South Carolina Standards & Learning
SC.6. Early Cultures to 1600
6-1: The student will demonstrate an understanding of the development of the cradles of civilization as people moved from a nomadic existence to a settled life.
The first humans were nomads who continually traveled in search of food. As these hunter-gatherers developed better ways of doing things, they began to develop into the world's earliest civilizations. Civilized societies have established written languages, permanent structures, forms of government, dependence on agriculture, and specializations of labor. These societies have also developed customs such as formal religions and traditions in family structure, food, and clothing that have endured. To understand how early civilizations evolved, the student will utilize the knowledge and skills set forth in the following indicators:
6-1.3. Compare the river valley civilizations of the Tigris and Euphrates (Mesopotamia), the Nile (Egypt), the Indus (India), and the Huang He (China), including the evolution of written language, government, trade systems, architecture, and forms of social order.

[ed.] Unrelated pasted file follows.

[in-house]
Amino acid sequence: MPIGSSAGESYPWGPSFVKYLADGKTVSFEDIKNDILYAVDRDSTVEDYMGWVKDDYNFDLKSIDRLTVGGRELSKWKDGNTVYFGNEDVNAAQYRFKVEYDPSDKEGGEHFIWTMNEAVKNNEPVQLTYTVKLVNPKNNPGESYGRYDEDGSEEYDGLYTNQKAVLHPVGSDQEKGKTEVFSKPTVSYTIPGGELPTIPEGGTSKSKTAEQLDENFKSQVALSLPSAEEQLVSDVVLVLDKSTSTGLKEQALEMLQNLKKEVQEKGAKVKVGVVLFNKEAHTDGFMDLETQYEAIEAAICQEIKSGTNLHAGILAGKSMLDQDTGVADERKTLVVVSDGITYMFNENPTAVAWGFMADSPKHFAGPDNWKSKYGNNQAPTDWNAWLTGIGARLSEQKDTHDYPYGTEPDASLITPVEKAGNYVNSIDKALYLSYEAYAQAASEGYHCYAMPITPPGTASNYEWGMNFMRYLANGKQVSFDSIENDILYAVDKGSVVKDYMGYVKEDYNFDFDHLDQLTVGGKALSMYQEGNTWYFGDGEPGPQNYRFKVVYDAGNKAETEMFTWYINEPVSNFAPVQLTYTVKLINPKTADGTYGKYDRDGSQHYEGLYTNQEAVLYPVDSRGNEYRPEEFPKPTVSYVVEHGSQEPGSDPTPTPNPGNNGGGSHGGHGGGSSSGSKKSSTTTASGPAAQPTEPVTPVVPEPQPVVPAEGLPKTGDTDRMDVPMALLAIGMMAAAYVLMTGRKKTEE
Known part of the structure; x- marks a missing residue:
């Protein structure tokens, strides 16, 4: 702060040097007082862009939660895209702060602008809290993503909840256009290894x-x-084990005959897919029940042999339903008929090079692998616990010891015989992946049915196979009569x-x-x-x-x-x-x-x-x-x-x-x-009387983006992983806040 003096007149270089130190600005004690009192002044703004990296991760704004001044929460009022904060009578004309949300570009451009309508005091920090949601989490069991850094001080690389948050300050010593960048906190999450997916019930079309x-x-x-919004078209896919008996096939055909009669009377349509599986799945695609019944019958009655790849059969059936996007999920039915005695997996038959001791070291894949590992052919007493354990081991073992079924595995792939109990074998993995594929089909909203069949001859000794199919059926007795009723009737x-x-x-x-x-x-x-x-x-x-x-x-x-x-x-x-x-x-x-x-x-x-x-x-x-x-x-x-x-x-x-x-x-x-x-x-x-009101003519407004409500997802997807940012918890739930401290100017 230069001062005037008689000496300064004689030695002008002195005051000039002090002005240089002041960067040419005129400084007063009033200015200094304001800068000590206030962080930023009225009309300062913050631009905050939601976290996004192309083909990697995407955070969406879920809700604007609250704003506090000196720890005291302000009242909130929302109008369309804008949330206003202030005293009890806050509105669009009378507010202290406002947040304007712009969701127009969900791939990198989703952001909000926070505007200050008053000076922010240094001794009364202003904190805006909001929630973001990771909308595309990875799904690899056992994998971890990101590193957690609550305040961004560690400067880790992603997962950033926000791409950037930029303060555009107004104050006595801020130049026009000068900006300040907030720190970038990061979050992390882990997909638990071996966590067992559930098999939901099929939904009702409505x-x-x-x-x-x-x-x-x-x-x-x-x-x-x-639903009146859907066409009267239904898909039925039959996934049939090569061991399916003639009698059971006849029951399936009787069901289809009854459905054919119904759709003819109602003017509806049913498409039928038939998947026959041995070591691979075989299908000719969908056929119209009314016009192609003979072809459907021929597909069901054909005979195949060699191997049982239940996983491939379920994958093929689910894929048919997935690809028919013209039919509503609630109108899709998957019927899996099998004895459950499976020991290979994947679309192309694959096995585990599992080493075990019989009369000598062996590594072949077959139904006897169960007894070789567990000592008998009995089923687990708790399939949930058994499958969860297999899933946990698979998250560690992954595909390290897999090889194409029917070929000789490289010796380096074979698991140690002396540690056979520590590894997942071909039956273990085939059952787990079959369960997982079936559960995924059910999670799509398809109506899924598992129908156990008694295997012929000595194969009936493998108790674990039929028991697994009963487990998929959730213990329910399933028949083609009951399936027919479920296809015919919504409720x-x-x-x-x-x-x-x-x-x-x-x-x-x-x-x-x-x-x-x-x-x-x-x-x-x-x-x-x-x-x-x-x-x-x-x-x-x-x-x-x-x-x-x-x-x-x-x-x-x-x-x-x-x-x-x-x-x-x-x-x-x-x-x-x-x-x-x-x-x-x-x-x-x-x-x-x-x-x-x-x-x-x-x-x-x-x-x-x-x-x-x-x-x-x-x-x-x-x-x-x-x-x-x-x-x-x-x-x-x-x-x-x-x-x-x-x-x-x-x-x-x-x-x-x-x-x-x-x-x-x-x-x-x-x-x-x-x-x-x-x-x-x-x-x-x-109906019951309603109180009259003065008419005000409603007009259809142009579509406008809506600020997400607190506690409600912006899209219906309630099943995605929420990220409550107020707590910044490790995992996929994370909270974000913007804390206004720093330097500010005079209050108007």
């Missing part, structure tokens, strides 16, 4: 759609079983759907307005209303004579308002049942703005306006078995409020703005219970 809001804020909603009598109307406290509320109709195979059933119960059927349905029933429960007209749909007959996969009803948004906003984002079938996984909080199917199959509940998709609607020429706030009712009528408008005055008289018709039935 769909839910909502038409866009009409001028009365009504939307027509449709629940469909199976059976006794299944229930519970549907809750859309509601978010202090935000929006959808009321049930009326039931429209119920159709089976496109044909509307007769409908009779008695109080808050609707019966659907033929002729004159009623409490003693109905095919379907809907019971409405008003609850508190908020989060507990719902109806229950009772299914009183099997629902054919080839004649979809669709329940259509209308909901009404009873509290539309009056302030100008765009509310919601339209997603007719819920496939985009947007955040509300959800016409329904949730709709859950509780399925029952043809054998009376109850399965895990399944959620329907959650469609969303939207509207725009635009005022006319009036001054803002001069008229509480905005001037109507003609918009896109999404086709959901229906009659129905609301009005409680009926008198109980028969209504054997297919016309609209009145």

SC.6-SSLS. Social Studies Literacy Skills for the Twenty-First Century
6-SSLS.1. Literacy Skills for Social Studies
6-SSLS.1.15. Explain why trade occurs and how historical patterns of trade have contributed to global interdependence.
SC.CC.RH.6-8. Reading Standards for Literacy in History/Social Studies
Craft and Structure
RH.6-8.4. Determine the meaning of words and phrases as they are used in a text, including vocabulary specific to domains related to history/social studies.
RH.6-8.5. Describe how a text presents information (e.g., sequentially, comparatively, causally).
Range of Reading and Level of Text Complexity
RH.6-8.10. By the end of grade 8, read and comprehend history/social studies texts in the grades 6-8 text complexity band independently and proficiently.